On Tuesday, Chinese-Canadian pop star and creative entrepreneur Edison Chen dropped a new collection of NFTs for Lunar New Year (aka Chinese New Year).
The project name, ‘Red NVLPE,‘ refers to the red envelopes — known in Chinese as hongbao (红包) — traditionally exchanged during holidays in China. Each digital envelope contains a randomly selected NFT artwork from one of eight acclaimed artists or groups.
The collection is available in a limited edition of 8,888 pieces, likely referencing the auspicious meaning of the number eight (lucky and well-off) in Chinese culture. Alibaba chose the same number for its release of Beijing Olympics-themed NFT pins.
Each piece costs 0.1888 Ethereum (ETH), with payment accepted exclusively through Metamask, a digital cryptocurrency wallet that operates on the Ethereum blockchain.
🧧🧧🧧🧧PRESALE IS LIVE!GOOD LUCK!🧧🧧🧧🧧https://t.co/uX9XoRQRND— 2426C (@2426C_official) February 15, 2022
PRESALE IS LIVE!
— 2426C (@2426C_official) February 15, 2022
It was released by self-described “WEB3 studio” 2426C, which Chen himself launched. According to its website, the studio aims to “bridge the gaps between East and West, digital and physical, virtual and reality.”
View this post on InstagramA post shared by 2426C (@2426c_official)
A post shared by 2426C (@2426c_official)
Based on a series of preview posts shown on 2426C’s Instagram, the esthetic of the NVLPE collection appears to incorporate Chinese elements.
The color palette includes shades of red and gold, which are traditionally seen during the Lunar New Year, and the design features red lanterns and clouds, similar to those in traditional Chinese paintings.
The eight contributing creatives include tattoo artist Dr. Woo, a collab between creative studio The Heart Project and Chen’s fashion brand Emotionally Unavailable, Xin Yu of the high-end art collective Objective Collectibles, illustrator Sandra Jockus, musician James Fauntleroy, fashion label CLOT, and Chen’s ALIENEGRA X EDC.
Dr. Woo (Brian Woo) is a Chinese-American tattoo artist who has inked celebrities like Hailey Bieber and Miley Cyrus. He has also collaborated with high fashion brand Jean-Paul Gautier and collectible toy brand [email protected].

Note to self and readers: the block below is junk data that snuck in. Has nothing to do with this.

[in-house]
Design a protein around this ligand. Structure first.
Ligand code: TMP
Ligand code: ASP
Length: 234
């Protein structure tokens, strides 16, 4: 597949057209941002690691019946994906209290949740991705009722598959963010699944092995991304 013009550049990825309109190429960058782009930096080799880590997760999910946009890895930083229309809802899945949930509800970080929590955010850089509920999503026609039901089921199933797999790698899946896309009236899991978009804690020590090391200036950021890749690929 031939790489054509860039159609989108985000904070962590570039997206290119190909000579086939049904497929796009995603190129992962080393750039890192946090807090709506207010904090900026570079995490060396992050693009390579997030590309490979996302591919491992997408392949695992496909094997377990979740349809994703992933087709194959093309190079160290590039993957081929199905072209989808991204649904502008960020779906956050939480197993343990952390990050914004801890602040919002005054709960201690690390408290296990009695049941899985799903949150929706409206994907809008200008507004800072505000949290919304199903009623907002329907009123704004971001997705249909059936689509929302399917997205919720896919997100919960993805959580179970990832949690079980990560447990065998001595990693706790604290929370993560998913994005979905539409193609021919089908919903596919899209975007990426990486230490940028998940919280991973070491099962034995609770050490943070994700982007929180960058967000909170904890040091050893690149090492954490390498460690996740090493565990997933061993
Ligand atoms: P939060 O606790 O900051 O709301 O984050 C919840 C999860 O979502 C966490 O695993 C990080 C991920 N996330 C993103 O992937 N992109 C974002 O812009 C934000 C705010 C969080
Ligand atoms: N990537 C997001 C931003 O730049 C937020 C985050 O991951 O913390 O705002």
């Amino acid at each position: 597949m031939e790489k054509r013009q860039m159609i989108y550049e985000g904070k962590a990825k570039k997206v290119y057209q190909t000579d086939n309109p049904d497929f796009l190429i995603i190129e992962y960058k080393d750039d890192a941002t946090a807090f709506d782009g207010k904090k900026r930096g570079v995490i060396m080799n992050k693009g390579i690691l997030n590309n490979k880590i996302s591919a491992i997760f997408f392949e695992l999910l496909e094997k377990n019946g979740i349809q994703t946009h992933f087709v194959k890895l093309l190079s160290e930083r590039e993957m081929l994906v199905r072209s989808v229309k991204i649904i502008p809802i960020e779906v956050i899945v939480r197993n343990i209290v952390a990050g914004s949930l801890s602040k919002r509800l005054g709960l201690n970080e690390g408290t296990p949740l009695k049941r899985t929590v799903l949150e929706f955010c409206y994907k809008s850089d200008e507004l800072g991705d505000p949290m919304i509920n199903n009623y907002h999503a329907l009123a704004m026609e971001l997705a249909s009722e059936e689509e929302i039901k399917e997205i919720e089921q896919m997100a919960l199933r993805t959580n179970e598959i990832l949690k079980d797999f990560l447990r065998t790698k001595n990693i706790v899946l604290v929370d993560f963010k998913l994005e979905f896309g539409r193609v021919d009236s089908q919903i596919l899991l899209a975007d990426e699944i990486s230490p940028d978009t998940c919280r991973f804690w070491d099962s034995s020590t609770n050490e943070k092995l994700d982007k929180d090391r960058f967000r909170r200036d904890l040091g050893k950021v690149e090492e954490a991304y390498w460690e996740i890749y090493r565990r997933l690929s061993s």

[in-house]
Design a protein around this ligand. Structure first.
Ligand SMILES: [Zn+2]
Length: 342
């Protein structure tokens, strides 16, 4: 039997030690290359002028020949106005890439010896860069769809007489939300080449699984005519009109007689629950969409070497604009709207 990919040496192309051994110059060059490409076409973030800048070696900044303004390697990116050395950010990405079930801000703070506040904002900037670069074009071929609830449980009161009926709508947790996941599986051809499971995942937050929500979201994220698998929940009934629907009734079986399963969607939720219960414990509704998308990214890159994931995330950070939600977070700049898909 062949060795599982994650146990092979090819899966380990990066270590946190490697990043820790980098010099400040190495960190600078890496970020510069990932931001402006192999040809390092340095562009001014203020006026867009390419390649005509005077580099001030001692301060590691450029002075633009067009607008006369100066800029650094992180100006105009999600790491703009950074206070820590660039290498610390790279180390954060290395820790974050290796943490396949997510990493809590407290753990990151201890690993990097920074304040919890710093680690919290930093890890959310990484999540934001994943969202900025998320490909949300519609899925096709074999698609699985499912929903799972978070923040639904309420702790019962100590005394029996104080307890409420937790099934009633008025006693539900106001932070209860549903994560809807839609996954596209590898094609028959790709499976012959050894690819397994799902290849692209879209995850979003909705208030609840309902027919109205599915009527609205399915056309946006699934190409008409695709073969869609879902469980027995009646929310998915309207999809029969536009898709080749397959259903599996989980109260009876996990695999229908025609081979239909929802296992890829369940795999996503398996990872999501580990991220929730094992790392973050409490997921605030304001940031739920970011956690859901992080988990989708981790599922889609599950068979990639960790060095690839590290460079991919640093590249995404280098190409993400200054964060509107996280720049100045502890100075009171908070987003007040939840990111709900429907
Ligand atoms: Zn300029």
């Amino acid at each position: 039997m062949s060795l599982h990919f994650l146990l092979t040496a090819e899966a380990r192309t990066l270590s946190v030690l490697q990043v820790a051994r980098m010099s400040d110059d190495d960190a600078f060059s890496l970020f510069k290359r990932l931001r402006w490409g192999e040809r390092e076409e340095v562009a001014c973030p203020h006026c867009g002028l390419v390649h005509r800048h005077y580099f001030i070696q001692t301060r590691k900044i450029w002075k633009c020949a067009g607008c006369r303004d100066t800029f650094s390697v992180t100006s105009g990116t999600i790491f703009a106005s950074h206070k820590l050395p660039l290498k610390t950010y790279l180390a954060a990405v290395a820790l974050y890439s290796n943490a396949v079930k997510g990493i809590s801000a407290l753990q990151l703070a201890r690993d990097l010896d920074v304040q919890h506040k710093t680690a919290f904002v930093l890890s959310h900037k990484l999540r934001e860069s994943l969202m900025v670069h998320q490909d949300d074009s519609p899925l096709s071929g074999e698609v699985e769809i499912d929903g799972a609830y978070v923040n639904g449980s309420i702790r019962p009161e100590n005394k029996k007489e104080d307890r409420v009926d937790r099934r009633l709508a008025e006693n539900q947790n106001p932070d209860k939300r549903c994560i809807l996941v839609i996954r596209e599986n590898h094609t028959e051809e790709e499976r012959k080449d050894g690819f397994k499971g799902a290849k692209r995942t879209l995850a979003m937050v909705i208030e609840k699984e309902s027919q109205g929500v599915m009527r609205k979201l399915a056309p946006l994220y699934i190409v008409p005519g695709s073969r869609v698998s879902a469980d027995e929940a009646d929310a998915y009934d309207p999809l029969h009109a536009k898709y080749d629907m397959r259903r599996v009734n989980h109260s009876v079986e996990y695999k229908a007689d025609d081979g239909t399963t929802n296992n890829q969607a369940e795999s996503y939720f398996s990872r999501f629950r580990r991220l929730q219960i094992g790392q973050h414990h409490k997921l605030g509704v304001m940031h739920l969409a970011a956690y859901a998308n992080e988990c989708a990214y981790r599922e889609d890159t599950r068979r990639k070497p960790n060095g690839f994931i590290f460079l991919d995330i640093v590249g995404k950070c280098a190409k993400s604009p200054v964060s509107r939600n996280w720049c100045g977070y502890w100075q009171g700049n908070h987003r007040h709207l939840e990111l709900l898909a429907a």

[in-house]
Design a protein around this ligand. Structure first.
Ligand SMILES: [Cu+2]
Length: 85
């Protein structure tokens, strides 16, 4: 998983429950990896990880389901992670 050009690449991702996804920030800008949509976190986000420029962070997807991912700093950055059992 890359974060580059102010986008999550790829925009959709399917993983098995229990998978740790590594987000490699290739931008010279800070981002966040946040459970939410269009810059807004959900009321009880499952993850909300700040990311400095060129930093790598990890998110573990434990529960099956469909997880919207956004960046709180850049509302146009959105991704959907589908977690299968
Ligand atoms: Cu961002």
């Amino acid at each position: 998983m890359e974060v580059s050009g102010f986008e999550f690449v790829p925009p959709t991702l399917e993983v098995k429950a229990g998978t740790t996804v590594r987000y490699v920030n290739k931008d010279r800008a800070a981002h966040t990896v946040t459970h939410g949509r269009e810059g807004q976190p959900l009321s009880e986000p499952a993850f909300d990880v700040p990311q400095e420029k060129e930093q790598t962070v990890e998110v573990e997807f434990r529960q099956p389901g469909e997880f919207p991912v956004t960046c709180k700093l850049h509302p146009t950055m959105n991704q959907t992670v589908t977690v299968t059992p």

View this post on InstagramA post shared by sacaiofficial (@sacaiofficial)
A post shared by sacaiofficial (@sacaiofficial)
Woo’s artwork for NVLPE is a red and gold tiger to celebrate the arrival of the Year of the Tiger.
RED NVLPESERIES 01EDITION OF 88@_dr_woo_ pic.twitter.com/ghmNLa9EtT— 2426C (@2426C_official) February 14, 2022
EDITION OF 88@_dr_woo_ pic.twitter.com/ghmNLa9EtT
— 2426C (@2426C_official) February 14, 2022
Xin Yu is a Chinese-American architect turned model and visual artist. For NVLPE, she created ‘Meow Universe,’ a series of quirky cats holding lucky Chinese characters such as rich (fu 富) and love (ai 爱).
RED NVLPESERIES 01EDITION OF 1888Meow Universe by @xinyubae pic.twitter.com/5a99oJWaEL— 2426C (@2426C_official) February 14, 2022
EDITION OF 1888
Meow Universe by @xinyubae pic.twitter.com/5a99oJWaEL
Last but not least, Chen created ‘ALIENEGRA,’ a series he describes on the 2426C website as “an autobiographical look into his true alien form.”
RED NVLPESERIES 01EDITION OF 2076ALIENEGRA by @EloominahtEE pic.twitter.com/wxkIOnR8nO— 2426C (@2426C_official) February 14, 2022
EDITION OF 2076
ALIENEGRA by @EloominahtEE pic.twitter.com/wxkIOnR8nO
Authorities in China have partially warmed up to the idea of NFTs, with state-owned Xinhua News Agency releasing its own NFT collection last December.
The Chinese government is taking preliminary steps to support NFTs by creating a domestic infrastructure that is not linked to cryptocurrencies, which are banned in China. So far, NFTs in the country are only purchasable with Chinese currency and cannot be resold.
So while the NVLPE collection is potentially appealing to Chinese audiences, it’s technically not purchasable in the Chinese market due to the Ethereum price tag.
Cover image via Twitter
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